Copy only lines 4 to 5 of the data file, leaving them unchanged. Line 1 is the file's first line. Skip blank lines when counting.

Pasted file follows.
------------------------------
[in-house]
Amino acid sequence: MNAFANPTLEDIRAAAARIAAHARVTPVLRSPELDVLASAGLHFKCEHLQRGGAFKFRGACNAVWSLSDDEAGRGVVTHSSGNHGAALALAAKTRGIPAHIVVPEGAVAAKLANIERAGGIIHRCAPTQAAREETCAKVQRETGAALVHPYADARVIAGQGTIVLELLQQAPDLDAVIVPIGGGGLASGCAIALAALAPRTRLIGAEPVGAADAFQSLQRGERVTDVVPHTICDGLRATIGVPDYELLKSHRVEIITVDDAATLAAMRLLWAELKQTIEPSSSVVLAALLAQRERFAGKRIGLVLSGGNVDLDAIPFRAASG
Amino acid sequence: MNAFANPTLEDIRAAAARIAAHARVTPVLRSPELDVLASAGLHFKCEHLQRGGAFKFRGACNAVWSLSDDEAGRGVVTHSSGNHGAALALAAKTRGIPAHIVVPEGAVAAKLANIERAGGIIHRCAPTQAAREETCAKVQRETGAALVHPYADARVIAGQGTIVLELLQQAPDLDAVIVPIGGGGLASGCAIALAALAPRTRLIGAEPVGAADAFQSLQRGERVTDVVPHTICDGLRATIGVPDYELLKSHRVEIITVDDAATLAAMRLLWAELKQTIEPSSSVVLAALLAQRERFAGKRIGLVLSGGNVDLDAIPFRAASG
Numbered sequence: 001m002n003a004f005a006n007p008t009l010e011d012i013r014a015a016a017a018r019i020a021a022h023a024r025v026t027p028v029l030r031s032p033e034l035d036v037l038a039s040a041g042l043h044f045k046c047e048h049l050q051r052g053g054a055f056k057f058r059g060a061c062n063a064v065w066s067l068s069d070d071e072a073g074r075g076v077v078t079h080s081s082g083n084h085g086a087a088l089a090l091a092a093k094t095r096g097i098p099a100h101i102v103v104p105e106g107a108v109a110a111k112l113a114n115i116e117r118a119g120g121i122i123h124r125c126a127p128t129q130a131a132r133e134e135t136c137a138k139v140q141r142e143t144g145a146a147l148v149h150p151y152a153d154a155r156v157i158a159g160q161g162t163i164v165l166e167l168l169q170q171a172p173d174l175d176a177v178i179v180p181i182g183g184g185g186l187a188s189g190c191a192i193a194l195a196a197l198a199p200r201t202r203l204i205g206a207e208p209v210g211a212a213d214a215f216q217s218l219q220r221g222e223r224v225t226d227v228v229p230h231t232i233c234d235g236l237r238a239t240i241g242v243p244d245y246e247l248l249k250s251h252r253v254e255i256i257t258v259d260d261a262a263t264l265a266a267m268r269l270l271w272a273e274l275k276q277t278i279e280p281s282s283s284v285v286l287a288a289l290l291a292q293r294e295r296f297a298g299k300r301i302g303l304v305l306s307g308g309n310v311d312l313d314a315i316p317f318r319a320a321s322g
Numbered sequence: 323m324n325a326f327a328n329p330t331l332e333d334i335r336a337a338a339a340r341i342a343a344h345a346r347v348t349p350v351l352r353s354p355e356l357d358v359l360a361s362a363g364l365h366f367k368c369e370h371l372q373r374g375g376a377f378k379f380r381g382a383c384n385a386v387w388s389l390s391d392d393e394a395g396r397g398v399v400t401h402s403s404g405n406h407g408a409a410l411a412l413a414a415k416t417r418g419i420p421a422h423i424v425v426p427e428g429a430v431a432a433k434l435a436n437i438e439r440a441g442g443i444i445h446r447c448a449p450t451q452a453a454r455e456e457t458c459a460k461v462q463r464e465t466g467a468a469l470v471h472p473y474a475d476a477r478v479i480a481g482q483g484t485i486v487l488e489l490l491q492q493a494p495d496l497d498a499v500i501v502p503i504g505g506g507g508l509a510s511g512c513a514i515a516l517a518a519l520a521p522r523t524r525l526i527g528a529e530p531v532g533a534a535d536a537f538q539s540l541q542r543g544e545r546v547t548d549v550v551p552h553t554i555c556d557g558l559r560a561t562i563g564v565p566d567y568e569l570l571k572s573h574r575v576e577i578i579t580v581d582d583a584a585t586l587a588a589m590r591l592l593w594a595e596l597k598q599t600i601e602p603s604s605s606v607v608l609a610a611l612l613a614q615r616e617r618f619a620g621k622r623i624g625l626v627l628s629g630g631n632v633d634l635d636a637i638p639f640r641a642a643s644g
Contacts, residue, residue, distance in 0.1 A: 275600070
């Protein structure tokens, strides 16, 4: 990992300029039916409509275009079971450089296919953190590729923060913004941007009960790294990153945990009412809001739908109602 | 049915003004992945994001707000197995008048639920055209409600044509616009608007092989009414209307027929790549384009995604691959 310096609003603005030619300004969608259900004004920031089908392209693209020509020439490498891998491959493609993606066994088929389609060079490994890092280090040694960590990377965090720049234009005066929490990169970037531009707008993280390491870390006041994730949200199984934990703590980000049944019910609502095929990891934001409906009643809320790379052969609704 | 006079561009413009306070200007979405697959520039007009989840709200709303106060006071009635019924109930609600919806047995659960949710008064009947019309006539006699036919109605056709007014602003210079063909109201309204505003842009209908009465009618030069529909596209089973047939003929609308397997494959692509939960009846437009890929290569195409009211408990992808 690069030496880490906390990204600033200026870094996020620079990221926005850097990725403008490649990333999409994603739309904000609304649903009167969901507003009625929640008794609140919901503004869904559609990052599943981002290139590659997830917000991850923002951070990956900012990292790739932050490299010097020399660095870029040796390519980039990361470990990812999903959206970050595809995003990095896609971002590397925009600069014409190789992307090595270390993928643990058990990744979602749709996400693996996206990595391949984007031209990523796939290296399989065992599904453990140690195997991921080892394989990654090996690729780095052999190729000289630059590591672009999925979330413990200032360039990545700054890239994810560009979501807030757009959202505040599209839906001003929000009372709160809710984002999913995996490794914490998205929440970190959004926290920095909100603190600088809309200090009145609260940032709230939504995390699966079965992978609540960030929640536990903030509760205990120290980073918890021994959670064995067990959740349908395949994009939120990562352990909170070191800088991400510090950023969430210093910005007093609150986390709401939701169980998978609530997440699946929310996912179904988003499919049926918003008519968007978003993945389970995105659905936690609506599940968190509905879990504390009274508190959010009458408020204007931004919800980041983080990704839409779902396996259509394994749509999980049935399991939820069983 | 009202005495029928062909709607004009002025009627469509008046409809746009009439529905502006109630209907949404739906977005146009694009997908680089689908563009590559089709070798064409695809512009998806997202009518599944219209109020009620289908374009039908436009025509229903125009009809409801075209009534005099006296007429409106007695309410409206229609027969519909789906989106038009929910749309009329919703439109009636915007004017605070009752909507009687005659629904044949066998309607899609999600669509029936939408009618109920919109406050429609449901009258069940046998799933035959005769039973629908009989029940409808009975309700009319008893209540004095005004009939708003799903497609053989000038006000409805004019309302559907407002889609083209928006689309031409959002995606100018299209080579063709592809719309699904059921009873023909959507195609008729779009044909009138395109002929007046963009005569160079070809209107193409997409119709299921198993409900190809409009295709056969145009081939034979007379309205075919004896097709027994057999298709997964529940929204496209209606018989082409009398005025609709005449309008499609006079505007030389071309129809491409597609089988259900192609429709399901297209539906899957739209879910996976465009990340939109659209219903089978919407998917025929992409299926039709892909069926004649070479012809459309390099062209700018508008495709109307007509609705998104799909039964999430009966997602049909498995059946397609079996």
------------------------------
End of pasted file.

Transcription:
Numbered sequence: 001m002n003a004f005a006n007p008t009l010e011d012i013r014a015a016a017a018r019i020a021a022h023a024r025v026t027p028v029l030r031s032p033e034l035d036v037l038a039s040a041g042l043h044f045k046c047e048h049l050q051r052g053g054a055f056k057f058r059g060a061c062n063a064v065w066s067l068s069d070d071e072a073g074r075g076v077v078t079h080s081s082g083n084h085g086a087a088l089a090l091a092a093k094t095r096g097i098p099a100h101i102v103v104p105e106g107a108v109a110a111k112l113a114n115i116e117r118a119g120g121i122i123h124r125c126a127p128t129q130a131a132r133e134e135t136c137a138k139v140q141r142e143t144g145a146a147l148v149h150p151y152a153d154a155r156v157i158a159g160q161g162t163i164v165l166e167l168l169q170q171a172p173d174l175d176a177v178i179v180p181i182g183g184g185g186l187a188s189g190c191a192i193a194l195a196a197l198a199p200r201t202r203l204i205g206a207e208p209v210g211a212a213d214a215f216q217s218l219q220r221g222e223r224v225t226d227v228v229p230h231t232i233c234d235g236l237r238a239t240i241g242v243p244d245y246e247l248l249k250s251h252r253v254e255i256i257t258v259d260d261a262a263t264l265a266a267m268r269l270l271w272a273e274l275k276q277t278i279e280p281s282s283s284v285v286l287a288a289l290l291a292q293r294e295r296f297a298g299k300r301i302g303l304v305l306s307g308g309n310v311d312l313d314a315i316p317f318r319a320a321s322g
Numbered sequence: 323m324n325a326f327a328n329p330t331l332e333d334i335r336a337a338a339a340r341i342a343a344h345a346r347v348t349p350v351l352r353s354p355e356l357d358v359l360a361s362a363g364l365h366f367k368c369e370h371l372q373r374g375g376a377f378k379f380r381g382a383c384n385a386v387w388s389l390s391d392d393e394a395g396r397g398v399v400t401h402s403s404g405n406h407g408a409a410l411a412l413a414a415k416t417r418g419i420p421a422h423i424v425v426p427e428g429a430v431a432a433k434l435a436n437i438e439r440a441g442g443i444i445h446r447c448a449p450t451q452a453a454r455e456e457t458c459a460k461v462q463r464e465t466g467a468a469l470v471h472p473y474a475d476a477r478v479i480a481g482q483g484t485i486v487l488e489l490l491q492q493a494p495d496l497d498a499v500i501v502p503i504g505g506g507g508l509a510s511g512c513a514i515a516l517a518a519l520a521p522r523t524r525l526i527g528a529e530p531v532g533a534a535d536a537f538q539s540l541q542r543g544e545r546v547t548d549v550v551p552h553t554i555c556d557g558l559r560a561t562i563g564v565p566d567y568e569l570l571k572s573h574r575v576e577i578i579t580v581d582d583a584a585t586l587a588a589m590r591l592l593w594a595e596l597k598q599t600i601e602p603s604s605s606v607v608l609a610a611l612l613a614q615r616e617r618f619a620g621k622r623i624g625l626v627l628s629g630g631n632v633d634l635d636a637i638p639f640r641a642a643s644g